The following remarks on the use of the fire assay fluxes and litharge may serve as an aid in arriving to a correct composition of charges for most cases:
Litharge or red lead is added in the proportion of one or two parts to two of ore; if too much litharge (lead oxide) is used the slags are not clean, as a slag containing lead may mean a loss of silver and gold. Whatever method is used, the amount of lead to be reduced should be from 25 to 60 grammes. Raw ores or regulus containing much sulphide of copper may be fused with from 4 to 6 A,T. of litharge to 1 A.T. of ore. In this case the other fluxes, except sand, may be omitted. Some assayers prefer to concentrate the copper as a regulus, and then to treat this over again; little more than the ordinary quantity of litharge is then used, and not much iron.
The amount of the charcoal added varies with the reducing power (percentage of ash) of the particular sample which is employed, as well as the degree of oxidation of the ore. In some highly basic oxidised ores as much as 3 grams of charcoal powder is required for 1 A.T, of ore, as the oxide must always be completely reduced to FeO, but generally from 1 to 1½ grams is enough. If there is much Fe2O3 in the ore (e.g., roasted pyrites) the slag is often rich, 3 or 4 per cent, of the gold being lost. The remedy usually adopted is to increase largely the quantity of soda carbonate, while sand must also be added to prevent the crucible from being perforated by the scouring action of the ferrous oxide. If ores contain much sulphur no charcoal is used, and nitre may even be added to burn off the excess of sulphur, otherwise, if the old practice of adding much litharge is followed, the amount of lead reduced may become too great. The addition of nitre is, however, now seldom made, as the pot is liable to boil over; with very large quantities of sulphides it is better to make a matte and treat the latter again.
Carbonate of soda is used to flux silica, while borax is valuable in basic ores to prevent corrosion of the crucible, and render the slag more liquid. The relative amounts required are judged from the appearance of the ore in the first place, and afterwards modified according to the success of the fusion. From 1 to 1½ A.T. of soda carbonate, and from ¼ to ½ A.T. of borax to 1 A.T. of ore are the amounts usually required. Even when the ore is entirely composed of silica, some borax is added. The most convenient form is borax glass.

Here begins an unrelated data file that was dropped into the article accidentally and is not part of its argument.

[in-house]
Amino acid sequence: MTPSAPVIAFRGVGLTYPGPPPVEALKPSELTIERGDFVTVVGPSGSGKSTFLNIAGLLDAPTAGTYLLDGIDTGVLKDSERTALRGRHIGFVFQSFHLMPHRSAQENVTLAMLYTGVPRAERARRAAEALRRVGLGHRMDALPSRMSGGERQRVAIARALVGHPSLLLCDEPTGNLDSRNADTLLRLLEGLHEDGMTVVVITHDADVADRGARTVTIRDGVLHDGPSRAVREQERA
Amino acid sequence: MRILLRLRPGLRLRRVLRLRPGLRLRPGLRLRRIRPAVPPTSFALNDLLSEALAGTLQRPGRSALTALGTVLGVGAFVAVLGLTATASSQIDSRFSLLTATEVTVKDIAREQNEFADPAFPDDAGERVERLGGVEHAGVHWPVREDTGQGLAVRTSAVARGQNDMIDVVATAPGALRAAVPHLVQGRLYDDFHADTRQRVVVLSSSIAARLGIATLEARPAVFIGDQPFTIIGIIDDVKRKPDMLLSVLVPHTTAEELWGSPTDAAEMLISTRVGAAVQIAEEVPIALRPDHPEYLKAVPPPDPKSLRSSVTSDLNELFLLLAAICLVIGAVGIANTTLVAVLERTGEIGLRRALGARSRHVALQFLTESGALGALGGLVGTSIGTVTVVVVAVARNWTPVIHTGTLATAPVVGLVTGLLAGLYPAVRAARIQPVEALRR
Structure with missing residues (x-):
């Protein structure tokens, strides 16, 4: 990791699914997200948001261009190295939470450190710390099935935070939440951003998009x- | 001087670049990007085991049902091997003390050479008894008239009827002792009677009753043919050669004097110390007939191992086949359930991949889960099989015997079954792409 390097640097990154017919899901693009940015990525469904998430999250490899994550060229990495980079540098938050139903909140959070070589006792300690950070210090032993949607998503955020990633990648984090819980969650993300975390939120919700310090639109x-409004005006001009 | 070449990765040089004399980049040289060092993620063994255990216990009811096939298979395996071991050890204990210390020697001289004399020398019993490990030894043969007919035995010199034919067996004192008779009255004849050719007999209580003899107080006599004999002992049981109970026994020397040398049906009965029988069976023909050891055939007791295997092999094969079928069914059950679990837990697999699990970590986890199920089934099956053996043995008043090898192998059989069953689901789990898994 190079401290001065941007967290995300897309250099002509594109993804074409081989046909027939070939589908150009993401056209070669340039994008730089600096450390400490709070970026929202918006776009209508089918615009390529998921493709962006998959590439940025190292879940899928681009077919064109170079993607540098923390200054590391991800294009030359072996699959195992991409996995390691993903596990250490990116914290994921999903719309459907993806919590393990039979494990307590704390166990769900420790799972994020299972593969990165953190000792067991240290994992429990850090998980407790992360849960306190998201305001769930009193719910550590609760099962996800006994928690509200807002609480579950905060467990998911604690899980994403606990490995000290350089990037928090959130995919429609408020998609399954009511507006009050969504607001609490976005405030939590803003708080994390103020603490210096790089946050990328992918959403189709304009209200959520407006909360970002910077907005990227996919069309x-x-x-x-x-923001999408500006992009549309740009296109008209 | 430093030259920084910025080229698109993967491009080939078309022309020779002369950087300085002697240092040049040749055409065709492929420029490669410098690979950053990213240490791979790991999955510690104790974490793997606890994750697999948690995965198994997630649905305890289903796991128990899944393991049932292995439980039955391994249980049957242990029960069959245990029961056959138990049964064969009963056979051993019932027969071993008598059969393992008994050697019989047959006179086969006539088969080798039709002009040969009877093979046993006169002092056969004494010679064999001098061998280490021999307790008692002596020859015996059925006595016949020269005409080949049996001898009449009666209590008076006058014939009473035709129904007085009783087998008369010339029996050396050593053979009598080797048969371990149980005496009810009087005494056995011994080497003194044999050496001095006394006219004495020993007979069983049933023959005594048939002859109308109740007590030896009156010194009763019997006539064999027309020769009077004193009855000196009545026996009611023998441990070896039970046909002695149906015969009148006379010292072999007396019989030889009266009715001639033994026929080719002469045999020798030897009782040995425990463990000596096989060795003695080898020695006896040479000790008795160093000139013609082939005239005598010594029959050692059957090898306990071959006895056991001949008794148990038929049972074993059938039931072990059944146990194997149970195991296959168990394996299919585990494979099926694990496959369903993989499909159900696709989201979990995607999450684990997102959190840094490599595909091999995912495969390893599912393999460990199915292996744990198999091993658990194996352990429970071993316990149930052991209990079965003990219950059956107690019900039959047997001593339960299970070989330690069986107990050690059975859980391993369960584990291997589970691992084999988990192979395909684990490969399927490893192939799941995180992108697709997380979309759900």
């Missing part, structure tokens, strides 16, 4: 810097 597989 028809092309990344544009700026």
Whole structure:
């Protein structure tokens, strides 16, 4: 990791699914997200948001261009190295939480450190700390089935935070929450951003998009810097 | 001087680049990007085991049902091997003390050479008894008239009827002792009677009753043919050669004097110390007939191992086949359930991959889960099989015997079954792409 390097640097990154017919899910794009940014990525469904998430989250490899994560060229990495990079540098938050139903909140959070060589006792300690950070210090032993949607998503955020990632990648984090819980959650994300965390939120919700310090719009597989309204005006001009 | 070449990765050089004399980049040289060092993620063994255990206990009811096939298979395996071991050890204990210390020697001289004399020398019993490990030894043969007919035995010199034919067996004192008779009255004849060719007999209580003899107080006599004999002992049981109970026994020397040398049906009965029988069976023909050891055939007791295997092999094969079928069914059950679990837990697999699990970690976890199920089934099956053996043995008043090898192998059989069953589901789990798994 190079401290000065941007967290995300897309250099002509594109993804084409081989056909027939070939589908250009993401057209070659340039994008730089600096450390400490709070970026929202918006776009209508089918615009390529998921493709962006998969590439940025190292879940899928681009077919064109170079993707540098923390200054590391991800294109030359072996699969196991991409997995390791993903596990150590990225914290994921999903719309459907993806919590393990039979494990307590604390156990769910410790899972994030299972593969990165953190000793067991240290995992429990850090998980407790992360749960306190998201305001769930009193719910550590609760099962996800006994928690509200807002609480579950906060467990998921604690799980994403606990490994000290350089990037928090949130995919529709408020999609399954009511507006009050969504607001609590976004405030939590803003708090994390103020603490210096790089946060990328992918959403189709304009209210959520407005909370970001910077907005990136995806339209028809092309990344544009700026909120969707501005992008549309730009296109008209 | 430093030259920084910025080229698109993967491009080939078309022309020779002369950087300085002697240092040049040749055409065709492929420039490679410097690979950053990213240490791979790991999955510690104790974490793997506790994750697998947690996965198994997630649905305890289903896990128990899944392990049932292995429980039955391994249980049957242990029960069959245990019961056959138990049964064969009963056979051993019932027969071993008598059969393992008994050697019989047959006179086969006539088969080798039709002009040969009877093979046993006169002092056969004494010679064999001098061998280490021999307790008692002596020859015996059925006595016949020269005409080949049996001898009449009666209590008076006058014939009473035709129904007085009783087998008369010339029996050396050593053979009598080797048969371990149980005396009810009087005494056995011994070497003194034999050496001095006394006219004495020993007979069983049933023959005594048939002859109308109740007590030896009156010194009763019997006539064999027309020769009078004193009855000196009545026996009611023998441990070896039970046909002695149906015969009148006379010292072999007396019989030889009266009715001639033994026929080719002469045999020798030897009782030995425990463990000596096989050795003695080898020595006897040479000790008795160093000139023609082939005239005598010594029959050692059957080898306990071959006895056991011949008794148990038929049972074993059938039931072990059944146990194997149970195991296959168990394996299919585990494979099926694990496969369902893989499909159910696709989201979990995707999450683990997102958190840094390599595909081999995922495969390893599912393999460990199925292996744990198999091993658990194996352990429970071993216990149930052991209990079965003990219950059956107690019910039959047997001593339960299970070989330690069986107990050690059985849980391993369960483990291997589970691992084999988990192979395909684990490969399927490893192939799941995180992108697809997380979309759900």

Silica is used only for ores full of lime, baryta, compounds of the base metals, &c., or generally whenever the ore does not contain much quartz. It aids fusion in these cases, and protects the crucible from corrosion. From ¼ to ½ A.T. to 1 A.T. of ore is generally enough. Fluorspar is added to the charge when the ore contains sulphates of barium or calcium, and in the fusion of cupels. Like borax, it increases the fluidity of almost any charge, but it attacks the crucible, and care must be taken to avoid deficiency of silica when it is used. In general, it may be noted that for basic impurities an acid flux is used, and for an acid gangue a basic flux.
The ore is weighed accurately to .01 gramme unless very poor when a less exact approximation is sufficient. The charcoal is always weighed with great care ; the litharge is best measured by a ladle or shot measurer; the fluxes may also be measured out by a ladle. By practice the assayer becomes very rapid in measuring out reagents. The various ingredients are thoroughly mixed together on rubber cloth or in the crucible in which the fusion is to take place. Part of the borax is kept separate and used as a cover, being put on the top of the rest of the charge after transference to the crucible. Iron is added to the charge in the shape of large nails or hoop-iron, or even scrap, if sulphur or arsenic is present. Sulphur is thus kept out of the lead button.
The crucible is carefully annealed in the ashpit of the furnace before using. It is lowered into a hollow in the fuel of the furnace made by piling the coke round an old pot and then carefully withdrawing the latter. The tongs most used are shown at B, Big. 60, A being those used when the fusion is performed in a muffle. The tire should be at a good red heat on charging-in, and care must be taken that no coke in the furnace is black. If the upper layer of coke is much colder than that below, the top of the charge in the crucible remains unmelted while the bottom begins to effervesce, and the crucible may froth over and part of its contents be lost. As the charge melts the fire is urged, and brisk effervescence occurs chiefly from the escape of carbonic acid from the soda carbonate as it unites with silica. After a lapse of from twenty to forty minutes the charge is in a state of tranquil fusion, with the exception perhaps of slight action round the sides or next the iron, if any is used. The crucible is then lifted out of the fire by the tongs, the nails withdrawn and any lead adhering to them shaken off into the pot. The pot may now be tapped on the floor to assist the lead to settle in the slag, allowed to cool and broken by a hammer to extract the lead button, or the charge may be at once poured into an iron mould. The mould must be cleaned, blackleaded and warmed before being used, and, after pouring, it is tapped on the bench to collect the lead at the bottom.
If the charge does not fuse completely, so that the slag is pasty or has lumps in it, it is advisable to recommence the assay, making such alterations in the charge as experience suggests.
When the mould is quite cold its contents are readily separated from it if the precautions mentioned above are taken, and the slag is detached front the lead button with a hammer on an anvil. The slag should be glassy and homogeneous; if it is streaked it is probable that the fusion has not been perfect. It is green and transparent if the ore is nearly pure quartz ; black and opaque if much iron is present; but is red if the ore contains, much copper.